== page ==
Rallies and petitions get DC MetroPCS's go-go music turned back on, sparking dance party



    The speakers are back on and the go-go music many District residents associate with the MetroPCS corner store in Northwest Washington is playing once again.

    For decades DC’s original go-go music poured out of the speakers until complaints to the mobile store’s parent company T-Mobile forced the owner to pull the plug. After rallies, a concert and online petition with more than 64,000 signatures, the cellular giant changed course.

    “We can announce that this music will continue on 7th and Florida Avenue!” said community activist Ronald Moten as the crowd cheered.

    The announcement turned a rally into an impromptu dance party Wednesday afternoon.

    “Today we showed that we can make a difference and we are going to unmute DC,” said Councilmember Robert White.

    “I hope every time I come by this block, this music will be going and I can dance to it,” said Marjorie Hoffman, board president of the Shaw Community Center.

    ABC7 reporter Victoria Sanchez reached out to T-Mobile CEO John Legere for comment after emailed inquiries to customer service went unanswered. He responded within minutes.

    “I’ve looked into this issue myself and the music should NOT stop in D.C.! @TMobile and @MetroByTMobile are proud to be part of the Shaw community - the music will go on and our dealer will work with the neighbors to compromise volume,” he said in a tweet.

    “I’m happy to see a tweet directly from the CEO,” said Councilmember White.

    People in the Shaw neighborhood said newcomers tried to push out the longstanding music culture.

    “I’m happy, as a black man in Washington DC, to say that it wasn’t just black people that came together, it was everybody that came together to say we gotta do the right thing, for the right reasons, to get the right results,” said Moten.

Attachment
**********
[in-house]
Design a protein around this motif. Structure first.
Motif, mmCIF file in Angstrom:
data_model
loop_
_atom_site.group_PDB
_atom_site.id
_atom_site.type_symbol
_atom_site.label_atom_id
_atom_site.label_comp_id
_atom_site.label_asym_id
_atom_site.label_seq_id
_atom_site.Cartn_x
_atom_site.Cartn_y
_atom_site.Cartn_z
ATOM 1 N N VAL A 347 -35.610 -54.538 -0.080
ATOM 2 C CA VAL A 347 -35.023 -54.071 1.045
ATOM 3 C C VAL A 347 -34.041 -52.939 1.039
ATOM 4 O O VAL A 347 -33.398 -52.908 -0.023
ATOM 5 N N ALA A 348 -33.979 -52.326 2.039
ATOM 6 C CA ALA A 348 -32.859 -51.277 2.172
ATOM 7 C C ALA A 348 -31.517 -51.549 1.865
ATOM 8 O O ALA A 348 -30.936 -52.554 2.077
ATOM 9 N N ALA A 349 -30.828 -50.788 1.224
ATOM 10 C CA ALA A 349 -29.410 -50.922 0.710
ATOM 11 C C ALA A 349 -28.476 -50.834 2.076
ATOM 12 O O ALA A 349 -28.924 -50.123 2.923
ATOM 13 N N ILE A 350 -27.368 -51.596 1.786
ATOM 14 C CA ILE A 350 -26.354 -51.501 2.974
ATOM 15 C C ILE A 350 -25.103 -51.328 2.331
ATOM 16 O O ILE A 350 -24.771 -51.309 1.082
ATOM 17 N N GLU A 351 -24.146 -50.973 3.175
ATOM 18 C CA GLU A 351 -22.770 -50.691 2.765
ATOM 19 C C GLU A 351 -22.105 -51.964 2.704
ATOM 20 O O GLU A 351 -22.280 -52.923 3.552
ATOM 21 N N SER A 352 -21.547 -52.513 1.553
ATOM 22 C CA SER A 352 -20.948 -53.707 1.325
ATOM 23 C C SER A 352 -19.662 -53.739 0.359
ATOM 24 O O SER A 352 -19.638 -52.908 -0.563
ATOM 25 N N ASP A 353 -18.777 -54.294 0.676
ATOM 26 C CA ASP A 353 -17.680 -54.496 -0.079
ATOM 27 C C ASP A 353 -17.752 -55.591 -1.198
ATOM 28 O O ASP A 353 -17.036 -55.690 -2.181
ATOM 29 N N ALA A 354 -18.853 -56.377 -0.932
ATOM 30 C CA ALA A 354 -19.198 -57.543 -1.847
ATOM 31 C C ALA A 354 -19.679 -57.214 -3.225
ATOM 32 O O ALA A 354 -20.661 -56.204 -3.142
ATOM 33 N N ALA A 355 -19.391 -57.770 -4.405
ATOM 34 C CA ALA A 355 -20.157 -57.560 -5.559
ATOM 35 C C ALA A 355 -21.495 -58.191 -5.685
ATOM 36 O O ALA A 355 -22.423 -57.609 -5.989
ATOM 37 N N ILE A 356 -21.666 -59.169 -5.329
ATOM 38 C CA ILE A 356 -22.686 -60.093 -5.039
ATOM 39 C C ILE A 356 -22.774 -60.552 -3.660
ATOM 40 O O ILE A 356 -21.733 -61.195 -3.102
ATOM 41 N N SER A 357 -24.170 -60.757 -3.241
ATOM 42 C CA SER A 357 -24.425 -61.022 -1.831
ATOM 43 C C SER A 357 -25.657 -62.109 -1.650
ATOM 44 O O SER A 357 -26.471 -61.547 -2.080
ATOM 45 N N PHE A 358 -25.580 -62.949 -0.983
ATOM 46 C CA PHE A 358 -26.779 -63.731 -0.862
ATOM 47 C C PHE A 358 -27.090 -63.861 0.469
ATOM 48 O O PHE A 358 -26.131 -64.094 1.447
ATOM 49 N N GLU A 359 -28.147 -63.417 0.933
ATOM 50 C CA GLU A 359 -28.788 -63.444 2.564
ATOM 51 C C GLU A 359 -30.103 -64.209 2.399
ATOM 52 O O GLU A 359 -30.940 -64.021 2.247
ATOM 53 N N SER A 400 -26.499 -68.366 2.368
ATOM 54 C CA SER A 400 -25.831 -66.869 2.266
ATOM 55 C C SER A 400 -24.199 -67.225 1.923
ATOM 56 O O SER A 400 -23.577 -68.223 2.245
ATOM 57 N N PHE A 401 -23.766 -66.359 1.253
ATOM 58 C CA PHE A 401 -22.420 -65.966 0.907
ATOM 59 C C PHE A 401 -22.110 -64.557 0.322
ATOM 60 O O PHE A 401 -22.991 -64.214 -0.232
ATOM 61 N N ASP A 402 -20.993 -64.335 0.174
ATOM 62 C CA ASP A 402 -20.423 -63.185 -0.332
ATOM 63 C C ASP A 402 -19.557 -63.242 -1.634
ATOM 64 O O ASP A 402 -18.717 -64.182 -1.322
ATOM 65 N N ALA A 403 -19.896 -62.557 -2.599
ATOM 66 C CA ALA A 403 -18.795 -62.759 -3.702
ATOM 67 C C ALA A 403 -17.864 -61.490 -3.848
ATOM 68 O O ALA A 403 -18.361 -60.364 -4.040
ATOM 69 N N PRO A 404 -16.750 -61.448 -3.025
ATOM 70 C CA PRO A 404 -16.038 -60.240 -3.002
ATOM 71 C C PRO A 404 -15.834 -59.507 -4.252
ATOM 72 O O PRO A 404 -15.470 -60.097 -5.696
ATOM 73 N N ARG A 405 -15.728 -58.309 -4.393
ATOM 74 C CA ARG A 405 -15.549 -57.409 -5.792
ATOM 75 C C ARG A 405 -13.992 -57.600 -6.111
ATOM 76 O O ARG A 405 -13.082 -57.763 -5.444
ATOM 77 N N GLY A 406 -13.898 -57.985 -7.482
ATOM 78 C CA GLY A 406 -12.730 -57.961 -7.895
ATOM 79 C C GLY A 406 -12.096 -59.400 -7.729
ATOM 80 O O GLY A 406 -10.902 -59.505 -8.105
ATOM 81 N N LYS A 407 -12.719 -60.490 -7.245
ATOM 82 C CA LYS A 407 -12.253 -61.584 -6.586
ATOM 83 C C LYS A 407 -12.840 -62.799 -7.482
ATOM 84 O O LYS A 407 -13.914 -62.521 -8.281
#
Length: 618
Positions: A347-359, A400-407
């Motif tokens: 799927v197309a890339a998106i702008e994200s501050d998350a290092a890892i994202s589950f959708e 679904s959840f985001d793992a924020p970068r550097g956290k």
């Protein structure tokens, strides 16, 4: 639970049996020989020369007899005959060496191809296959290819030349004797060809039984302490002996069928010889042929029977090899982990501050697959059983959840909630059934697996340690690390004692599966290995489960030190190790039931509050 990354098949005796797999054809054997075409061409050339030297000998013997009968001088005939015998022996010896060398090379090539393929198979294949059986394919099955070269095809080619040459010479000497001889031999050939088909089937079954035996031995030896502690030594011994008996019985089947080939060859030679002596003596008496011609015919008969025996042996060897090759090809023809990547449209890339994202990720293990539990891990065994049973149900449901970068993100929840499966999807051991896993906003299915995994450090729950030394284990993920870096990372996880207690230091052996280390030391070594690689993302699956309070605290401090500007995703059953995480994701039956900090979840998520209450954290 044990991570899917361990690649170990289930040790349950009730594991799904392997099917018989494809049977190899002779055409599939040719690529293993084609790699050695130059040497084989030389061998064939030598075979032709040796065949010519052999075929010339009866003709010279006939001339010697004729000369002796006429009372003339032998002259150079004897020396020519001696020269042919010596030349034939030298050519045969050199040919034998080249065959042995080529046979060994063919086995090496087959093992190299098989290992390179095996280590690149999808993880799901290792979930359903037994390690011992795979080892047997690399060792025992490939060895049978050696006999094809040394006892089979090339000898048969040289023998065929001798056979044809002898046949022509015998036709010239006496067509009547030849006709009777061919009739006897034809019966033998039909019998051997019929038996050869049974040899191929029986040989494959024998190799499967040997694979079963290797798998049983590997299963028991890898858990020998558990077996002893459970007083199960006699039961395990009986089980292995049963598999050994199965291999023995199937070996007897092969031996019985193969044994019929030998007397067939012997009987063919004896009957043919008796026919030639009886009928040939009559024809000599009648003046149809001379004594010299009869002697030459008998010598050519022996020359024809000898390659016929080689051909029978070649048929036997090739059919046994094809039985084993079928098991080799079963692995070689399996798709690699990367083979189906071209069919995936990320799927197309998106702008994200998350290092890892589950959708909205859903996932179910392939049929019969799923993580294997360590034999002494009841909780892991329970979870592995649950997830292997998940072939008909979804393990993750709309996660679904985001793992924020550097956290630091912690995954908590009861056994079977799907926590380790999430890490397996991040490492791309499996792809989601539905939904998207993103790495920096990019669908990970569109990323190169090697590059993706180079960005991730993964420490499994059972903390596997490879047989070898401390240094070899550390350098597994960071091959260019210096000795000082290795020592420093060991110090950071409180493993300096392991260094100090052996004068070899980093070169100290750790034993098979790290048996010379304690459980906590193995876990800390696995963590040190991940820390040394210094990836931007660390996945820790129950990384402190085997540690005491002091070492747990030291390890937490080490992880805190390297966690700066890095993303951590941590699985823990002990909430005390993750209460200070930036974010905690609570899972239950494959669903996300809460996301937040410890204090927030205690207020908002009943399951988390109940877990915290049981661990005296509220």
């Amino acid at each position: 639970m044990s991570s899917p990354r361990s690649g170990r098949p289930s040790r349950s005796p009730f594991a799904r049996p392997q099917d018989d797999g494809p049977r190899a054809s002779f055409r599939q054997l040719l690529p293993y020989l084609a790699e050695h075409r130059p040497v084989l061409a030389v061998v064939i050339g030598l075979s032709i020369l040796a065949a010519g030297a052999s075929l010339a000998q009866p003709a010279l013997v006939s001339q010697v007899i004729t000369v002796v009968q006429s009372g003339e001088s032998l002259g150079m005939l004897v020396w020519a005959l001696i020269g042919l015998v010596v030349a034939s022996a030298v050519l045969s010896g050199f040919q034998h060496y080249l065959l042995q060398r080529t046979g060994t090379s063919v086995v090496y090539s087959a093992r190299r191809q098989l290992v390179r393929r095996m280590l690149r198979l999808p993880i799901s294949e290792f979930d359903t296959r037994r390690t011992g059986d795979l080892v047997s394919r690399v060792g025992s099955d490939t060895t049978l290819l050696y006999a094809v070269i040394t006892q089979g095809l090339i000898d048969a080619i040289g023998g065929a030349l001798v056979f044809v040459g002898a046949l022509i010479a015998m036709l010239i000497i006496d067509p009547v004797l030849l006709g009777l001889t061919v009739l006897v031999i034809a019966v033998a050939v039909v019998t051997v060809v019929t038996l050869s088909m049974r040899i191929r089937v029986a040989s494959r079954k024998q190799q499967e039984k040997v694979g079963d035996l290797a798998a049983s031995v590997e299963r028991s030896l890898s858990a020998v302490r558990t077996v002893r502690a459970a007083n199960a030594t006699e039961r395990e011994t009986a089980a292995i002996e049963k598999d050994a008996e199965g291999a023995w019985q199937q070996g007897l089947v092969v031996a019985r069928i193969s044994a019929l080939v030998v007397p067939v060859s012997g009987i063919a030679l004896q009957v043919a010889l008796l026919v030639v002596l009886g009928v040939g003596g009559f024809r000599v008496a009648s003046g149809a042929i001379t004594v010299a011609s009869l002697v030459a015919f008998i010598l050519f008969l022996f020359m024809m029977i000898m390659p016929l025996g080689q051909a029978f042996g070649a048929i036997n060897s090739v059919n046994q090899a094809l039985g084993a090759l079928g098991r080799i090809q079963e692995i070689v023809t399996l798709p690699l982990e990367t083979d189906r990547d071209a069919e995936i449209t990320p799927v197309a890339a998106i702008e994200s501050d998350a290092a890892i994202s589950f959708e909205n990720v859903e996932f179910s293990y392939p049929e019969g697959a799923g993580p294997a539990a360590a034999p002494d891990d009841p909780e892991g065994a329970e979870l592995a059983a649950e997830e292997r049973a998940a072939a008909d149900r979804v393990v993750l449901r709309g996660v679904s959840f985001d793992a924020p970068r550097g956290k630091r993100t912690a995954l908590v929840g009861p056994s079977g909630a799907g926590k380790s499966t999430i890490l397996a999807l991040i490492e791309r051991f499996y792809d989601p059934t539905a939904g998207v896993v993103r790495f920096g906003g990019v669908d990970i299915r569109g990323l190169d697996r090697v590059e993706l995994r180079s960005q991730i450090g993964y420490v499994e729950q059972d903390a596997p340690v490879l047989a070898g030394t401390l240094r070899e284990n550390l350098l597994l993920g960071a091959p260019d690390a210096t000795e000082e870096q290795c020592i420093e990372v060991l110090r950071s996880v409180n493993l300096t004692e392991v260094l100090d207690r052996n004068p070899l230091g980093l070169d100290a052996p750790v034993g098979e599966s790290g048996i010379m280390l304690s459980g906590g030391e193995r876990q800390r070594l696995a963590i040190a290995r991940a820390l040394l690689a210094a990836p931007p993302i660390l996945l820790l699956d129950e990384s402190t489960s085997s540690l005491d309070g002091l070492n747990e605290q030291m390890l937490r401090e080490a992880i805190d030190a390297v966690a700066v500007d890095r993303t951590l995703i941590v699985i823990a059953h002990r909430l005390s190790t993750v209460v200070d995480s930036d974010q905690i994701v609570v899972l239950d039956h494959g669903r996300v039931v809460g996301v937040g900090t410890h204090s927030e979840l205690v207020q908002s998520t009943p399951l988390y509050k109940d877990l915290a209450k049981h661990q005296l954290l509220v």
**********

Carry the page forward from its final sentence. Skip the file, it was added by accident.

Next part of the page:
Moten created the online petition and discussed music with one neighbor taking issue with the go-go music.

    “He said that this music is disrespectful and that’s a problem. A lot of people come here with a sense of entitlement and privilege as if the people who came before them don’t matter,” he said.

    White is proud of the community’s dedication to make change.

    “I also represent the constituents who have a problem with the noise and there are two things, one if you move to a corner, probably the only corner in DC where you have go-go music playing, you have to expect go-go music to play,” said White.

    The councilmember added, there is room for compromise.

    “We have to understand how the music here impacts the neighbors.”

    “Gogo music is rhythm and soul,” said Pastor Tony Herndon of Grace Nation

    Ministry. “It is something you can’t see but something you can feel.”

    Herndon said while it’s a victory for go-go music, gentrification in the District is causing problems.

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